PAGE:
Negotiators in Bali are unlikely to get Asian developing countries to agree to binding greenhouse emissions targets for now in the post-Kyoto climate change agreement, a report released today by think tanks Civic Exchange and the Singapore Institute for International Affairs argues. The report, “Climate Change Negotiations: An Asian Stir Fry of Options”, calls upon negotiators to focus on aligning the interests of developing countries to achieve energy security and sustainable development through energy efficiency and a low-carbon future instead.
“Because of the hard-to-predict growth trajectories of developing countries in Asia, it is extremely difficult to estimate future carbon emissions and set meaningful targets”, said Christine Loh of the Civic Exchange, one of the report’s lead authors. “However, Asian developing countries are not exempt from responsibility. They must do their ‘homework’ on climate change adaptation and mitigation, and obligate themselves to take actions that can lead to emissions reduction”.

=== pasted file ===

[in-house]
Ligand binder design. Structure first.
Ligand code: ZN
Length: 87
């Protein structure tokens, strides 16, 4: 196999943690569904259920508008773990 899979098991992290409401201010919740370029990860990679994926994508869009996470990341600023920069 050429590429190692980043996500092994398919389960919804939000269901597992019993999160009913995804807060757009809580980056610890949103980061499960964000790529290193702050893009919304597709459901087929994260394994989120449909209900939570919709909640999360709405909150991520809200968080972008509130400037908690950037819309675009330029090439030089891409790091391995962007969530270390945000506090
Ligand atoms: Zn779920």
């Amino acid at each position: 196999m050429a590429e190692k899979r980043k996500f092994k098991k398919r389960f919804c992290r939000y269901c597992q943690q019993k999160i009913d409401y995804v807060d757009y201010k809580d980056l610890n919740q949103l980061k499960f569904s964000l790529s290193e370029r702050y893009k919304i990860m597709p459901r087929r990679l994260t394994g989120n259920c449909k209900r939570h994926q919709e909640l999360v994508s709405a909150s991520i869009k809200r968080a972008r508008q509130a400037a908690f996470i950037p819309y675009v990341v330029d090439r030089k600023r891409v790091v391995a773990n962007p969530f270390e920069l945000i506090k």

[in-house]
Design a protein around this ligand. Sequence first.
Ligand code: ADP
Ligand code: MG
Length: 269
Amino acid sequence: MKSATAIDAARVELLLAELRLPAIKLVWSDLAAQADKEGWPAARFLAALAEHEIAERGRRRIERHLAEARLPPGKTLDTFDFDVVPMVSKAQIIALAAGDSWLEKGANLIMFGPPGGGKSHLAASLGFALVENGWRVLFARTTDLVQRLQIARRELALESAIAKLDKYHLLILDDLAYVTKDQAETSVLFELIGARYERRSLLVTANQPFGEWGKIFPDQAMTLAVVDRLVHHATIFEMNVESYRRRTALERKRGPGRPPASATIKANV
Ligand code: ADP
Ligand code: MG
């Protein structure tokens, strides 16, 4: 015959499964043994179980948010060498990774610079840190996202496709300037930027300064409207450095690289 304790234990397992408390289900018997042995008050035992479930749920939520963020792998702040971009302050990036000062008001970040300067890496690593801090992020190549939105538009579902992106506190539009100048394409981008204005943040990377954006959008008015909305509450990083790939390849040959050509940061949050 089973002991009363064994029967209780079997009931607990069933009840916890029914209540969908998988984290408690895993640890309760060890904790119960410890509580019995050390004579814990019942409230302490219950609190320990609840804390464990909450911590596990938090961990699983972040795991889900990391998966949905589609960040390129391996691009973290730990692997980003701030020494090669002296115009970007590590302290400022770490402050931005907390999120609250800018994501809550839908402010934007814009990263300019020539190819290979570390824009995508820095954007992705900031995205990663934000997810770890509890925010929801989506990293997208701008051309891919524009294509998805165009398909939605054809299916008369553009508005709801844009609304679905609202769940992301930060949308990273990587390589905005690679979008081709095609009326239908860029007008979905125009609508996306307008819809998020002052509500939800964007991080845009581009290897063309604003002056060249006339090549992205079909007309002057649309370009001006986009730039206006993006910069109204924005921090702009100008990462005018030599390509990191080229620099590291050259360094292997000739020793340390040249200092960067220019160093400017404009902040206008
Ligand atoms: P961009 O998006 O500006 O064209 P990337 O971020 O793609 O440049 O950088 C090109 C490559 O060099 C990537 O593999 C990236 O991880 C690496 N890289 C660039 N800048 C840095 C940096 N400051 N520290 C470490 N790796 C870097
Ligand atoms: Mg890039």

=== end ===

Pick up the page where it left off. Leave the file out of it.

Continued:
The report offers an ‘Asian Stir Fry of Options’ for how the future agreement can help developing countries build the national institutions and policy to effectively address the effects of climate change. This includes reforming the ‘Clean Development Mechanism’ to align sustainable development—a high priority in many Asian countries—with climate change reduction goals; setting up an international ‘Clearing House’ to help countries assess technology options; and focusing on adaptation measures.
Simon Tay of the SIIA elaborated, “Although we need to ask developing countries to increase their responsibility, this must be matched and exceeded by developed countries. They must contribute financing and expertise for technology transfer and increase their mandatory emissions targets. Asian countries take non-binding agreements seriously, and when they have reached the same level of preparedness as developed countries, they will certainly be ready to make greater commitments”.